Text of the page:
Internships: not just for college students anymore
New Manchester program features college-level classes, real-world experience for high schoolers
Ali Rafieymehr, director of workforce development at Dyn, is shown in a file photo working with Ezekiel Rosenberg, then a junior at Manchester Central High School, at the Emerging Technology Center at the University of New Hampshire-Manchester, which Rafieymehr founded during his tenure as UNHM dean.
Any company that offers internships for course credit has experienced the wide range of interns who come through the door.
On one end of the spectrum is the student who is prepared: he or she researched the company, is familiar with the culture and has the skills necessary to succeed in the internship. These are the interns who are typically offered full-time positions with the company by graduation.
Then there are the interns who require a lot of training, need to be walked through each task and by the time they’re ready to be productive, the internship is over. Wouldn’t it be great if all student interns came to our companies prepared?
In collaboration with Manchester Community College, Dyn has developed a program that provides high school students with an opportunity to gain knowledge and skills to help them not only explore careers in the computer science field, but also be ready to successfully start an internship in high school.
This new Computer Science Career Exploration program (CSCE) will use the community colleges’ “Running Start” program to offer courses that enable qualified high school students to earn college credit. But CSCE differs from Running Start because CSCE instructors are business leaders rather than high school teachers.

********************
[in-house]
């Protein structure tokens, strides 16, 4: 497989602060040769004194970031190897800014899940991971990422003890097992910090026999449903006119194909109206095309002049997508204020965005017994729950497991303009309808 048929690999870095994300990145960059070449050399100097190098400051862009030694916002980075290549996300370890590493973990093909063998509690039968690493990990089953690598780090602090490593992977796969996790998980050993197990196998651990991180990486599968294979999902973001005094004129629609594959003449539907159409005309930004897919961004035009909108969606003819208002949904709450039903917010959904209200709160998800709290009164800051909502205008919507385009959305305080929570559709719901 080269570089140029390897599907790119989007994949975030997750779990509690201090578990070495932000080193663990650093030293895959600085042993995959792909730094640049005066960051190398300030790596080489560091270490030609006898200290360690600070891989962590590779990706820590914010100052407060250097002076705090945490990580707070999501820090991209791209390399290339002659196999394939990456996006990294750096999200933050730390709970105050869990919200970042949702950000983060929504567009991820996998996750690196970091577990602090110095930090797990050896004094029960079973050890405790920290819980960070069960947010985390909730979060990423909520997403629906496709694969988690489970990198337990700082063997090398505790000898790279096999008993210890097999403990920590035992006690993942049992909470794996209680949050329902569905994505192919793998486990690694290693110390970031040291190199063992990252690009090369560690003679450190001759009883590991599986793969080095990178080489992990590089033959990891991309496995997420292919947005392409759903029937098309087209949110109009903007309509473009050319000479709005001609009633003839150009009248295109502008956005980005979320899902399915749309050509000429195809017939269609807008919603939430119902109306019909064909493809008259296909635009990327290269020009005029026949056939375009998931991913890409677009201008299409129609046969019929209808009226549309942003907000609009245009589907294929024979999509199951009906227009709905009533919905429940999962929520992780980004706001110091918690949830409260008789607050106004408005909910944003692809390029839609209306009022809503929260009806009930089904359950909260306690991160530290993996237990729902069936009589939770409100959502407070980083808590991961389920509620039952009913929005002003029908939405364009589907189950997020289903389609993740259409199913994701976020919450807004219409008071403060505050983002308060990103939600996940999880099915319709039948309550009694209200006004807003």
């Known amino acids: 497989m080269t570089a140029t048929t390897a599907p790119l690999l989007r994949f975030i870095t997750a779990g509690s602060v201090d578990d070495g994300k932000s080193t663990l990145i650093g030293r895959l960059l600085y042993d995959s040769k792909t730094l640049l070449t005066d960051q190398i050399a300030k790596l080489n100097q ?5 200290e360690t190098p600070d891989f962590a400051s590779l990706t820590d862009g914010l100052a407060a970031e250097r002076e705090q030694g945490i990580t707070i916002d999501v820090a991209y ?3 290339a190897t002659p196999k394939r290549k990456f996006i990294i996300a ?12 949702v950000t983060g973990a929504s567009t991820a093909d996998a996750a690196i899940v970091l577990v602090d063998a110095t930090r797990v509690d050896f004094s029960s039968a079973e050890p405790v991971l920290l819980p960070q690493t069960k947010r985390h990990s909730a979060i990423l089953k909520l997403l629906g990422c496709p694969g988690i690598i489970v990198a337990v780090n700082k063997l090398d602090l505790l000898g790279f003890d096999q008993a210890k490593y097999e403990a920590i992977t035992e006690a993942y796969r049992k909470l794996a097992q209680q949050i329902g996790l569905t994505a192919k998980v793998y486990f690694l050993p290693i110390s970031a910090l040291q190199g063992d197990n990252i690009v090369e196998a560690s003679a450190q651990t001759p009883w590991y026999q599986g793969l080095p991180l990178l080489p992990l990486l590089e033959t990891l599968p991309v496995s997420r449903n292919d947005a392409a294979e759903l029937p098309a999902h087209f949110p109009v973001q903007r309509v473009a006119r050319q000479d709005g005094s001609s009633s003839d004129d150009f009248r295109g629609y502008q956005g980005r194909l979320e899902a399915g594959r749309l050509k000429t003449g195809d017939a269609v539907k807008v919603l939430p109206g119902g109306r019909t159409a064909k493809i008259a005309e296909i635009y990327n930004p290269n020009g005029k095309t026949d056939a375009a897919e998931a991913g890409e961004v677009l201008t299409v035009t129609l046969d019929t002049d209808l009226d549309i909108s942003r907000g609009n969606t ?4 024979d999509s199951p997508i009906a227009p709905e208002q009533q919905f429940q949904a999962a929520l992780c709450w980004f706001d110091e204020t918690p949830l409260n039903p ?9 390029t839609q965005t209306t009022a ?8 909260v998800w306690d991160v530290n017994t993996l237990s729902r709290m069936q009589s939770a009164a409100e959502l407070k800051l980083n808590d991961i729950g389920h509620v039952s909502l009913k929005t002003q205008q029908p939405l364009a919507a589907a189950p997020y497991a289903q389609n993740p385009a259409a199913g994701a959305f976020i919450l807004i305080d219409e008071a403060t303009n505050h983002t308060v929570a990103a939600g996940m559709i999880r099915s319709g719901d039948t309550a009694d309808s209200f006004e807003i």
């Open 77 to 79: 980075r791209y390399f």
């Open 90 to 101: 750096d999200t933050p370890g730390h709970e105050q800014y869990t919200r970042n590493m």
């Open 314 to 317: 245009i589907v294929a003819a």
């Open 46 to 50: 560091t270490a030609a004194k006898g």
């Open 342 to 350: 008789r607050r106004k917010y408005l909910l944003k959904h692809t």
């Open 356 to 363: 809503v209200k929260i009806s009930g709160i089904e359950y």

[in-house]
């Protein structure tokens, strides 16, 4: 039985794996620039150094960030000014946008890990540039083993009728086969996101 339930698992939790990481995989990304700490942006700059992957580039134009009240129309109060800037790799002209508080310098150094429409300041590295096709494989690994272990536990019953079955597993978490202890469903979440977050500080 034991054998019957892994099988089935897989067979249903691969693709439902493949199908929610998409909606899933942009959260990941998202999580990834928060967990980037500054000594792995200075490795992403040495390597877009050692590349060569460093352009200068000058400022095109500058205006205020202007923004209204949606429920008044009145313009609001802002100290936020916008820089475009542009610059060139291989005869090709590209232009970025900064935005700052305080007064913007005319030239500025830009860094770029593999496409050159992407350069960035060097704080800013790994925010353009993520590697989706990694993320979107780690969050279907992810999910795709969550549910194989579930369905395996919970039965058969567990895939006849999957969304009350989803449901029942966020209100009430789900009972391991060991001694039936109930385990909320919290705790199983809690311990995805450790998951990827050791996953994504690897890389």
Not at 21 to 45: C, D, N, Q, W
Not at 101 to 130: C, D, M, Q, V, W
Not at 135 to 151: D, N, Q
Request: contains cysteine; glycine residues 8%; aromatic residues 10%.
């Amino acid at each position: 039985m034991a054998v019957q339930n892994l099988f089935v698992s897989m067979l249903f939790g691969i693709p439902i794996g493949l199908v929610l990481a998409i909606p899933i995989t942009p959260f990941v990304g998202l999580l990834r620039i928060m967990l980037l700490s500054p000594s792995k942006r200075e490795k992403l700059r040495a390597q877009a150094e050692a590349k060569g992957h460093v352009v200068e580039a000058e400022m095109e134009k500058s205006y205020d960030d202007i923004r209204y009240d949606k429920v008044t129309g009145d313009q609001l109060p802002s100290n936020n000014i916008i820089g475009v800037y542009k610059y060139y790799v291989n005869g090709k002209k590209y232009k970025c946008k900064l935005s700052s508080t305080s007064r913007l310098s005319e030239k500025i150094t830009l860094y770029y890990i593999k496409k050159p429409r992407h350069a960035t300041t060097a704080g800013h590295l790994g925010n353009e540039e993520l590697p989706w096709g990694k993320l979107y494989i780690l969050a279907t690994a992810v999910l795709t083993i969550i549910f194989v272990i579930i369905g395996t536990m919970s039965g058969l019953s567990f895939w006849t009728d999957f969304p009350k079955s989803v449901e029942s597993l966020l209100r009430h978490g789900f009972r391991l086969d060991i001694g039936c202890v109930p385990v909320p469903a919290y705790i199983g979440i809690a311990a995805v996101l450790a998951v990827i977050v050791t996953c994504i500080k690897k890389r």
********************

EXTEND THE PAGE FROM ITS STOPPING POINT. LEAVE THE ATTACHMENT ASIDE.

The new program enables high school students to earn up to 12 college credits during their junior and senior years in high school. Ten high school juniors from Manchester area high schools are participating in the pilot program this fall. Over the next two years, these students will take four college courses offered through Manchester Community College.
The students will take C++ programming and Java programming during their junior year, and during their senior year will take an entrepreneurship course, which will teach them the business principles of founding a startup.
In the spring semester of their senior year, students will take an “internship” course. In their internship course, students will have a chance to use the knowledge that they have gained through CSCE to work on real-world projects for some of the tech companies involved in the program and will build on the project ideas that they worked on or developed in their entrepreneurship course.
Upon completion of the program, these students will not only have completed almost one semester of undergraduate-level work, they will also be ready to start working part-time in the tech industry while attending college.
For this pilot program, the courses will be free of charge for the students. The required funding for this program will be raised from the business partners, as well as individuals.
In today’s competitive work environment, successful companies must seek new ways to attract and hire great talent for their open positions. What better way to ensure future workforce talent than through education-industry collaboration?
Ali Rafieymehr, director of workforce development and STEM (science, technology, engineering and mathematics) at Manchester-based Dyn, is the former dean of the University of New Hampshire-Manchester.